RocksDB, at least by default, expects a POSIX compliant filesystem for I/O operations.
When you load the SPDK NVMe driver in user space, you are foregoing your ability to use
standard Linux kernel filesystems. Therefore, you can't just run RocksDB on top of the
SPDK NVMe driver - you have to write some code to replace the filesystem. Fortunately,
there are two nice things here that may make this still possible. First, RocksDB has a
"pluggable" backend implemented as a base class named "Env" that you
can inherit from and override. The stock distribution already provides an implementation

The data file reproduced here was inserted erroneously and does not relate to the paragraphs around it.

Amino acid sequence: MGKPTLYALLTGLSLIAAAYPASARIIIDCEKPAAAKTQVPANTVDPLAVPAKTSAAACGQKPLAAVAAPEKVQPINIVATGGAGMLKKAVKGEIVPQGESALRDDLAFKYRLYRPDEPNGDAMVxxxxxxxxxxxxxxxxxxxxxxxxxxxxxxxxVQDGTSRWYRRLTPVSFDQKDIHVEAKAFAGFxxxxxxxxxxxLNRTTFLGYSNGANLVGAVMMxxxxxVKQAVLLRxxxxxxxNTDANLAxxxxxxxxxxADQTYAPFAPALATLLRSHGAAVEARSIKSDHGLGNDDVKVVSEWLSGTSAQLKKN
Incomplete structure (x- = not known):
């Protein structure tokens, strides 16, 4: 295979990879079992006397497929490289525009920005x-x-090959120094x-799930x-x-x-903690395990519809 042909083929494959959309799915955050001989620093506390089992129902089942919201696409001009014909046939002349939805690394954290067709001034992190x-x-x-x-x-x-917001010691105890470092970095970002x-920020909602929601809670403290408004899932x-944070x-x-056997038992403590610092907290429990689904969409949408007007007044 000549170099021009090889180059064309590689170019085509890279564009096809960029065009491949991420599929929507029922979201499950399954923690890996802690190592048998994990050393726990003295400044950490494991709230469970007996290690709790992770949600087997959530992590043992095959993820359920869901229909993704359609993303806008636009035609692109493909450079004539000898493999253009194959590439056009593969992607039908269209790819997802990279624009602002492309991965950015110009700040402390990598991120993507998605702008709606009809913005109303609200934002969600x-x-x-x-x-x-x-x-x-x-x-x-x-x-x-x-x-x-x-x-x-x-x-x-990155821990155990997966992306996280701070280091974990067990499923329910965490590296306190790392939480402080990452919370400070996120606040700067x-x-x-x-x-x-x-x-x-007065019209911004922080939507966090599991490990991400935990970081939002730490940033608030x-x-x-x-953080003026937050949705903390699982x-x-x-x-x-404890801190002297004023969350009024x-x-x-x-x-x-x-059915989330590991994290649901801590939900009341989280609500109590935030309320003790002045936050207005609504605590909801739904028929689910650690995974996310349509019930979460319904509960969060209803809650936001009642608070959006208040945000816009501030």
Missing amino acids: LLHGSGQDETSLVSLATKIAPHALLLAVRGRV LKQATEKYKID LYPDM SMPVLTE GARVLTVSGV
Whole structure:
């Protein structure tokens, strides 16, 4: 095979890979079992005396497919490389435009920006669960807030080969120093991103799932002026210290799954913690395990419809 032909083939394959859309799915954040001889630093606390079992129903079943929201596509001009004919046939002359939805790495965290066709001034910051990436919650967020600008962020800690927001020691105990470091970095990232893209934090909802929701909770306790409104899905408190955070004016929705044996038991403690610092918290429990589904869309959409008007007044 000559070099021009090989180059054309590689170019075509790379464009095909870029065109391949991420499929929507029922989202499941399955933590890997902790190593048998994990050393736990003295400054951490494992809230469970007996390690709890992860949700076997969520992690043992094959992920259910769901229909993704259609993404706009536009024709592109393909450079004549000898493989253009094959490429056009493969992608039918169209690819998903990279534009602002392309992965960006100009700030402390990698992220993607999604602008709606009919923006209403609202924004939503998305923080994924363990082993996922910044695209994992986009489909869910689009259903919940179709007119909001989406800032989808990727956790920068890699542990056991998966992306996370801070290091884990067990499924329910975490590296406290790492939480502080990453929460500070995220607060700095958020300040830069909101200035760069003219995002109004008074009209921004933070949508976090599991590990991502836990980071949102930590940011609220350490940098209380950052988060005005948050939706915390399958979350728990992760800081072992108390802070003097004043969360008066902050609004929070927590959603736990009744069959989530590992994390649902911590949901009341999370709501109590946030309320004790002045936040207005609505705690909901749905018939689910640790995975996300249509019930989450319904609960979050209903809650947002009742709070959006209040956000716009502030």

to run RocksDB on HDFS, for example. Second, RocksDB uses only a very minimal set of
operations when writing to a file, so you wouldn't have to implement the full range of
features of a POSIX compliant filesystem. I don't want to minimize the amount of work
this would take though - it still requires you to write a significant amount of code.
The latest release of Ceph (Jewel) now optionally implements their nodes using RocksDB +
custom userspace filesystem + SPDK NVMe driver, so you can refer to that project as an
On Mon, 2016-04-18 at 22:33 -0500, Parag Panda wrote:
I am planning to run RocksDB on a linux machine which has support of SPDK NVMe driver and
not the native one. Can someone guide me through the process?
SPDK mailing list